This paper examines the mechanisms that drove regional clustering of the molds industry in Portugal. This industry is strongly agglomerated in Marinha and Oliveira, outside the main metropolitan centers. Two alternative theories aiming to explain the clustering process are considered: agglomeration theory and organizational reproduction theory.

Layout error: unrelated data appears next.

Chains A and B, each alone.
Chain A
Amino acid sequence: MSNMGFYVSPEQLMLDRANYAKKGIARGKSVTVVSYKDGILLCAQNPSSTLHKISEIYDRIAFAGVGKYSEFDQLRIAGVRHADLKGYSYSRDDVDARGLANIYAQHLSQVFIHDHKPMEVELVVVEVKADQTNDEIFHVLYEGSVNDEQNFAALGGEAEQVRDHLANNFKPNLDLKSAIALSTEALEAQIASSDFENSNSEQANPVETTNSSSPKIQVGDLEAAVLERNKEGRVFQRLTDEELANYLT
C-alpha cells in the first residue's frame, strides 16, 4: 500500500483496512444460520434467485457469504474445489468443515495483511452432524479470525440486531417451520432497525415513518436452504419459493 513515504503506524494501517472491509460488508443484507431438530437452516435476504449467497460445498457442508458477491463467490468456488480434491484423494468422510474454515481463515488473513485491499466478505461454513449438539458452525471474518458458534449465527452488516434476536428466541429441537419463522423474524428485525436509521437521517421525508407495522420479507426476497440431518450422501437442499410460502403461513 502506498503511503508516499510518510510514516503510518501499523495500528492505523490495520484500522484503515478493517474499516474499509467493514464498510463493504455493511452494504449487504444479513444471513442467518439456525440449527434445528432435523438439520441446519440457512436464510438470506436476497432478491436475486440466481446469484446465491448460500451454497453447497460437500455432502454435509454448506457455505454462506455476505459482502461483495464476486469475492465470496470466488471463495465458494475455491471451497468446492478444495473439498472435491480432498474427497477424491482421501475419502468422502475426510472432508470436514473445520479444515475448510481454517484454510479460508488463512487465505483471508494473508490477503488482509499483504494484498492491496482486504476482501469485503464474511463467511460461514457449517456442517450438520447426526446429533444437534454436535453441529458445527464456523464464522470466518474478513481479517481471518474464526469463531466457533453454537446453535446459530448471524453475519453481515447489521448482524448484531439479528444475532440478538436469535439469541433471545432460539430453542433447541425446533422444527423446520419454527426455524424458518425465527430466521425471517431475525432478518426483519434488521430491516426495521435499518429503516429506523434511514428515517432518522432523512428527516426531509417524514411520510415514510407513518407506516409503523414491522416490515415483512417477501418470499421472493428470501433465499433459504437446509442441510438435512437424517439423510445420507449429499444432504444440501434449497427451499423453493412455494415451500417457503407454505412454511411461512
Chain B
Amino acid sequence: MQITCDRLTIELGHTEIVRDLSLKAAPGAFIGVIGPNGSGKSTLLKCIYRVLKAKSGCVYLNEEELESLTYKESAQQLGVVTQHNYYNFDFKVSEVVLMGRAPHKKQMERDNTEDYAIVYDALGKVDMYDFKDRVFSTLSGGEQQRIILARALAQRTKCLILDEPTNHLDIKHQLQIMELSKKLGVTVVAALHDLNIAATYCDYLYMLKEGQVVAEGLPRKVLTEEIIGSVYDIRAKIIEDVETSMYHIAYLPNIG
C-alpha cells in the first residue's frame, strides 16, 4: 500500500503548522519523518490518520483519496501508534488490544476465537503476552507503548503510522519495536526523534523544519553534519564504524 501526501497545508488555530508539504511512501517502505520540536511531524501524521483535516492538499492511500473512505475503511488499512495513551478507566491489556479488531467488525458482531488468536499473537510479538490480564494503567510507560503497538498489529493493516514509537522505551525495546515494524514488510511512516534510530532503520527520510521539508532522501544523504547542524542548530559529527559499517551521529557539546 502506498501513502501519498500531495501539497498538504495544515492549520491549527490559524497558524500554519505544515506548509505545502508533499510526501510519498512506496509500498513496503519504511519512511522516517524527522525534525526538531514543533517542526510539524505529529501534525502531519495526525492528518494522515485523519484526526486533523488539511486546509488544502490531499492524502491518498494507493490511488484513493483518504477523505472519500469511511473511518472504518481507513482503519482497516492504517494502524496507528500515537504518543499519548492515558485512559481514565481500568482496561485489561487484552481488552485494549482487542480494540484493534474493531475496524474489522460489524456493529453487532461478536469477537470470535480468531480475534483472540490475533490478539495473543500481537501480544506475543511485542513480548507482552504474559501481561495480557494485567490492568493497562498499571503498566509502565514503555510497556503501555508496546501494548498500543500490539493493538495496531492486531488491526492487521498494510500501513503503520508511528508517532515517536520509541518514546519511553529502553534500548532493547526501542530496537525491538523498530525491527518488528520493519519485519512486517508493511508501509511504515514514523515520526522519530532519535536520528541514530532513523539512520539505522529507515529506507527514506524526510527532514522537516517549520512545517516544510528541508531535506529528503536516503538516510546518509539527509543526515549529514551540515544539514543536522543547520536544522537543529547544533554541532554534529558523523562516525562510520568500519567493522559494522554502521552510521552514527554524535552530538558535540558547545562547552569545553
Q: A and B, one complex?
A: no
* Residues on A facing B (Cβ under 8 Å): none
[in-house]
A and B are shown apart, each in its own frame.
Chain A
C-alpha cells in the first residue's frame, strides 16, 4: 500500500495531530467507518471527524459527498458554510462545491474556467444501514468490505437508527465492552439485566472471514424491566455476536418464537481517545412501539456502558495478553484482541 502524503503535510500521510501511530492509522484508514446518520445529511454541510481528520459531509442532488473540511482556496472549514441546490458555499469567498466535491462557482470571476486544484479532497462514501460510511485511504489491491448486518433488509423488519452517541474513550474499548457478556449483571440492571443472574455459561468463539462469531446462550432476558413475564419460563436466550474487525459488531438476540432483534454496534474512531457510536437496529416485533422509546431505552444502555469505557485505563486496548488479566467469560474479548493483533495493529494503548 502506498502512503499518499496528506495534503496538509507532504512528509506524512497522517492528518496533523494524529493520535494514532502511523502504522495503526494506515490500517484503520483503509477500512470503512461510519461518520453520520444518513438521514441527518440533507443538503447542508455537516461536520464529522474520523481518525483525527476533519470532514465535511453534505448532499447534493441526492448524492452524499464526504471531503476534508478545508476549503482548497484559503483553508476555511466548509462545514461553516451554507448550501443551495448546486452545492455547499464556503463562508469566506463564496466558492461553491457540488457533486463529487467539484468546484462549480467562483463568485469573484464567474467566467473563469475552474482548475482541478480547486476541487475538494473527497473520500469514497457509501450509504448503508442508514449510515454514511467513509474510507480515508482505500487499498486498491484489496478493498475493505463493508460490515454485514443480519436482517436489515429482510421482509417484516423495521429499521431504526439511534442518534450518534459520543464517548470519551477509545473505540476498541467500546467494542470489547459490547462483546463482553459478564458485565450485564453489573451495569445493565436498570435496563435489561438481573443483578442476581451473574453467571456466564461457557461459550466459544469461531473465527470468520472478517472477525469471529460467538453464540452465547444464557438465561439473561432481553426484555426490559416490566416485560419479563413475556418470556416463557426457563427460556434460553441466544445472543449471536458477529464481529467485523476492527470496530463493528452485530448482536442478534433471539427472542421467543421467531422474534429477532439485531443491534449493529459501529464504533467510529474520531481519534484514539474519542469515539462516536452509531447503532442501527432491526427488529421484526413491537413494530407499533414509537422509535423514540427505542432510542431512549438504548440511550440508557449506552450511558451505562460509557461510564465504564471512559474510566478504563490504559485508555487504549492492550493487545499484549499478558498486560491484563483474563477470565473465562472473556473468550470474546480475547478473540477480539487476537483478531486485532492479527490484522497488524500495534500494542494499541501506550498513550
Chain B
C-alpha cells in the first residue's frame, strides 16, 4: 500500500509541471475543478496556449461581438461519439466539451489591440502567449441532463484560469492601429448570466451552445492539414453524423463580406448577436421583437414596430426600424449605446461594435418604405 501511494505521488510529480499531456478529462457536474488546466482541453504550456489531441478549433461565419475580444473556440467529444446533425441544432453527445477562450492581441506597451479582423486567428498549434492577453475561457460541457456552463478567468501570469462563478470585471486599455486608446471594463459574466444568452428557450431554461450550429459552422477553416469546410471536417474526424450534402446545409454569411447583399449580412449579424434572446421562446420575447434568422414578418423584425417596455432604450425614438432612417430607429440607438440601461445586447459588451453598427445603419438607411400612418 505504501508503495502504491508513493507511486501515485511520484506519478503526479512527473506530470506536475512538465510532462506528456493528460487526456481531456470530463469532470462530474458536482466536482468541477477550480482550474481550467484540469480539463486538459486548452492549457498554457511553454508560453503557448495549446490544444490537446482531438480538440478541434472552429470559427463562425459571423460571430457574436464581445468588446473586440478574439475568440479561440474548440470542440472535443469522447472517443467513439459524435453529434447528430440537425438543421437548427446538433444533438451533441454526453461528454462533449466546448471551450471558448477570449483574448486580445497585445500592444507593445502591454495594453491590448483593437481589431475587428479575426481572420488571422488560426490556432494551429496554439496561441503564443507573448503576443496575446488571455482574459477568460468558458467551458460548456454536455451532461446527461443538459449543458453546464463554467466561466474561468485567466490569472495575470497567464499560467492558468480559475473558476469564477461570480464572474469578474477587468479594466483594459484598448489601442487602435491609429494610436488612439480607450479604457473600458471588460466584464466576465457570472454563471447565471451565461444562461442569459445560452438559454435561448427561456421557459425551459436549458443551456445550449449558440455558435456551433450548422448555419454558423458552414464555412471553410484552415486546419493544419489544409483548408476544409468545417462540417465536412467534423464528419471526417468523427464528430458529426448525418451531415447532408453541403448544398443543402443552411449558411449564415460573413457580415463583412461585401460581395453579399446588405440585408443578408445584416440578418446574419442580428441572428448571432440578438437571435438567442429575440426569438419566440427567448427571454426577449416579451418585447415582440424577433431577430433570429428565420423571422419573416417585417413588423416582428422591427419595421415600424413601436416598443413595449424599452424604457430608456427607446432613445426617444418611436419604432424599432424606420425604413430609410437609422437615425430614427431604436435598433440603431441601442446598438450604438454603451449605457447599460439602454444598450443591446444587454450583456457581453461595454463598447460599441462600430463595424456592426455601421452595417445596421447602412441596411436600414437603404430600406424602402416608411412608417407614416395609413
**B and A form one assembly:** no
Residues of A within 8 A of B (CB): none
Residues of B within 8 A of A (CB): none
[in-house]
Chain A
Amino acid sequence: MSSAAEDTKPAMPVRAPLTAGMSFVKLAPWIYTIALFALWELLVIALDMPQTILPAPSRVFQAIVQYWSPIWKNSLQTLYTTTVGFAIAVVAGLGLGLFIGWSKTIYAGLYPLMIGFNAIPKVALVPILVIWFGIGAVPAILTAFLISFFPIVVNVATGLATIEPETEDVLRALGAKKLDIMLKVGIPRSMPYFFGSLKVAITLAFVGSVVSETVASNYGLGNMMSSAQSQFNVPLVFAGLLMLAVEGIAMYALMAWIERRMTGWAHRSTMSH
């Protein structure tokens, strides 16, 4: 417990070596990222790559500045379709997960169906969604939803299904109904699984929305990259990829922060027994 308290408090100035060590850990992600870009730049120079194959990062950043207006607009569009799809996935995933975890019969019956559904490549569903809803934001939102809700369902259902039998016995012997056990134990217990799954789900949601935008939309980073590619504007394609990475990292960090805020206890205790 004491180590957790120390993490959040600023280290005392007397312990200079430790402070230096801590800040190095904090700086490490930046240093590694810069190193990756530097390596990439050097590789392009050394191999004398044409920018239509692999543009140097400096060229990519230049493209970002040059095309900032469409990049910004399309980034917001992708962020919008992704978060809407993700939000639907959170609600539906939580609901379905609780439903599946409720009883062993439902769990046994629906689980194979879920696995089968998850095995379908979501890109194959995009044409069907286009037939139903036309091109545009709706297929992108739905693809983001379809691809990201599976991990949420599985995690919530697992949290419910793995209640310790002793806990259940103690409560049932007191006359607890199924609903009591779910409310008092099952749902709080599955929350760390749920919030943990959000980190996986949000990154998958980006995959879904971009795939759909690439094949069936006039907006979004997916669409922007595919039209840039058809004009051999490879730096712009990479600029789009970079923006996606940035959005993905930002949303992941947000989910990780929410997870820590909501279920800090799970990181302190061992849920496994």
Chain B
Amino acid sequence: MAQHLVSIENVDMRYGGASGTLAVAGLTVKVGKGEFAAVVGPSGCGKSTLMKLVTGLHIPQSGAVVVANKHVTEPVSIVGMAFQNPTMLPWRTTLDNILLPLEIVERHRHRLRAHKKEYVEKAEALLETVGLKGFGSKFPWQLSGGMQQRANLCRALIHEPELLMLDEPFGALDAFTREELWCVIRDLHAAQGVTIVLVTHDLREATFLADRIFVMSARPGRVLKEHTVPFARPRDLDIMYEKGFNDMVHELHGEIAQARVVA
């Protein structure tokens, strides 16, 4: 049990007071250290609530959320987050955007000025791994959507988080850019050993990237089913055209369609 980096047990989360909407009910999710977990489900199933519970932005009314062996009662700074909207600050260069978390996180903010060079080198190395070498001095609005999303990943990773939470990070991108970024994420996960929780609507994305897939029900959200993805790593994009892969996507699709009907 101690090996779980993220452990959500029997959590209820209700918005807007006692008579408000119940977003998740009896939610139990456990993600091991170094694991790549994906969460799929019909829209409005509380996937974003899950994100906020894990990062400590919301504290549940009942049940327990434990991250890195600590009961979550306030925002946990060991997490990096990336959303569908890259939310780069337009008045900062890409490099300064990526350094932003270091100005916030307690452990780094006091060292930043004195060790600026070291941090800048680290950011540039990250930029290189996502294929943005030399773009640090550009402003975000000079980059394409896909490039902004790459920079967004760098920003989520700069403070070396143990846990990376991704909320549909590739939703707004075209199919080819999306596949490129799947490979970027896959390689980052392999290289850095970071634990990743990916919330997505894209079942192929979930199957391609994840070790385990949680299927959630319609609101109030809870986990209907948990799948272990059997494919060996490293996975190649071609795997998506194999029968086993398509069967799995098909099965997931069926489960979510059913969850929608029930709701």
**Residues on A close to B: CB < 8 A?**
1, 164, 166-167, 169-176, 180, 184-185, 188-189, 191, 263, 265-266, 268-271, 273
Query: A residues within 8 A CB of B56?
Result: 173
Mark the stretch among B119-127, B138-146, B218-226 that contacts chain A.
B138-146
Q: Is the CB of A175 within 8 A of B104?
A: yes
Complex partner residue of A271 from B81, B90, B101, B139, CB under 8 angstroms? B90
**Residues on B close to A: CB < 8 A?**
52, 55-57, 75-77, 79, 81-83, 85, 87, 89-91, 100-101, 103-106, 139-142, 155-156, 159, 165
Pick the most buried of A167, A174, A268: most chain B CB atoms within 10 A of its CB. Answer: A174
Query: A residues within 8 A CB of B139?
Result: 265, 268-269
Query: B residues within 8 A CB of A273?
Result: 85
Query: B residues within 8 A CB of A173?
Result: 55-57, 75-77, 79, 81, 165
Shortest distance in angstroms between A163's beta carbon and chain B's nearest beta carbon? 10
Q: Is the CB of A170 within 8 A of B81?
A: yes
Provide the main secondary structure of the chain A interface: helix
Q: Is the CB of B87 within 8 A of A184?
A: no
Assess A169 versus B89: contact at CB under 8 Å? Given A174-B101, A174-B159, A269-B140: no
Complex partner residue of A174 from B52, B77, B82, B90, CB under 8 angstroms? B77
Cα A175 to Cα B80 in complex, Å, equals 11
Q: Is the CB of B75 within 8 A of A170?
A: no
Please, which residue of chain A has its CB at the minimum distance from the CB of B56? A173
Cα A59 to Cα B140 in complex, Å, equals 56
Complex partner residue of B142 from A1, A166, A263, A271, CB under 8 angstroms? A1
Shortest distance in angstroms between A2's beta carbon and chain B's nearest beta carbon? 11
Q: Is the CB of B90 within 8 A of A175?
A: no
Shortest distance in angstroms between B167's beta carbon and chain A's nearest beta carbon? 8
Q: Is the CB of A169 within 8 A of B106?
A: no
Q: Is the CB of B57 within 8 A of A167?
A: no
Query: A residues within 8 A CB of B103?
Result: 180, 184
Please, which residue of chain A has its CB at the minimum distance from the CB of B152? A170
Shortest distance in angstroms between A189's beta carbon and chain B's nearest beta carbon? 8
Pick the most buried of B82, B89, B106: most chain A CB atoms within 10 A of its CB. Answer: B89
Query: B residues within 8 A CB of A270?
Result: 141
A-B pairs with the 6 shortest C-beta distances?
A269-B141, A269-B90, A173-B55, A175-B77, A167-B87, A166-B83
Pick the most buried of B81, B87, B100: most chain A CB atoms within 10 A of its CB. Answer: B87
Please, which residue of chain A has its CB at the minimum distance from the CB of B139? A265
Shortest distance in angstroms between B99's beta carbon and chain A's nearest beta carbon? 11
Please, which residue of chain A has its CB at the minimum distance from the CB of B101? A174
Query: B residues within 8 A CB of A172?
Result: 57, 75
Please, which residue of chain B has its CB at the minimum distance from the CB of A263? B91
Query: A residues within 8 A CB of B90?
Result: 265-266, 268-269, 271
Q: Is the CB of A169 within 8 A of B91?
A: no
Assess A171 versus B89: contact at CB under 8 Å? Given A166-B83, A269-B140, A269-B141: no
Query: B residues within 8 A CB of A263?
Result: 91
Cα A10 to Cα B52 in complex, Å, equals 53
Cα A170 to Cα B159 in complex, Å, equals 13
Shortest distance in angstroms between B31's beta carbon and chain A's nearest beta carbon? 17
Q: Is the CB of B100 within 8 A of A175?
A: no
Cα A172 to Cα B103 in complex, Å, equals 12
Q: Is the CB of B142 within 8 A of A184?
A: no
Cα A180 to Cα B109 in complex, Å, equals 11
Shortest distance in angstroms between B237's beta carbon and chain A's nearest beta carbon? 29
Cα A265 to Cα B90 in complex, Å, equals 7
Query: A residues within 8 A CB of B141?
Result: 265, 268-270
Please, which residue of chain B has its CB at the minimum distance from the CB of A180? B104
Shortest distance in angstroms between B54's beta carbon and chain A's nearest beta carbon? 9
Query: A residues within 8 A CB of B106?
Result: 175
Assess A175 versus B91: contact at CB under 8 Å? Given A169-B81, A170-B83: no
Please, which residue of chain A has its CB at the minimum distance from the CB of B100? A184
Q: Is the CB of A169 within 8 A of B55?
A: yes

Agglomeration theory (Porter 1991, Krugman 1992) claims that once firms in an industry begin to congregate to a specific region, labor pooling, technological spillovers, and a rich supplier industry stimulate further growth and entry. The evidence compiled about clusters is broadly consistent with the importance of such agglomeration economies (Baptista and Swann 1998; Rosenthal and Strange 2004). Organizational reproduction theory (Klepper 2007, 2008) claims that a firm’s pre entry experience critically shapes its performance and its spinoff creation rate. Subsequently, better firms generate more spinoffs that become superior performers. Since entrepreneurs tend not to venture far from their geographic origins (Figueiredo, et al. 2002), this dynamic process leads to a buildup of superior firms in a region. This process does not require the existence of any benefits or externalities associated with agglomeration.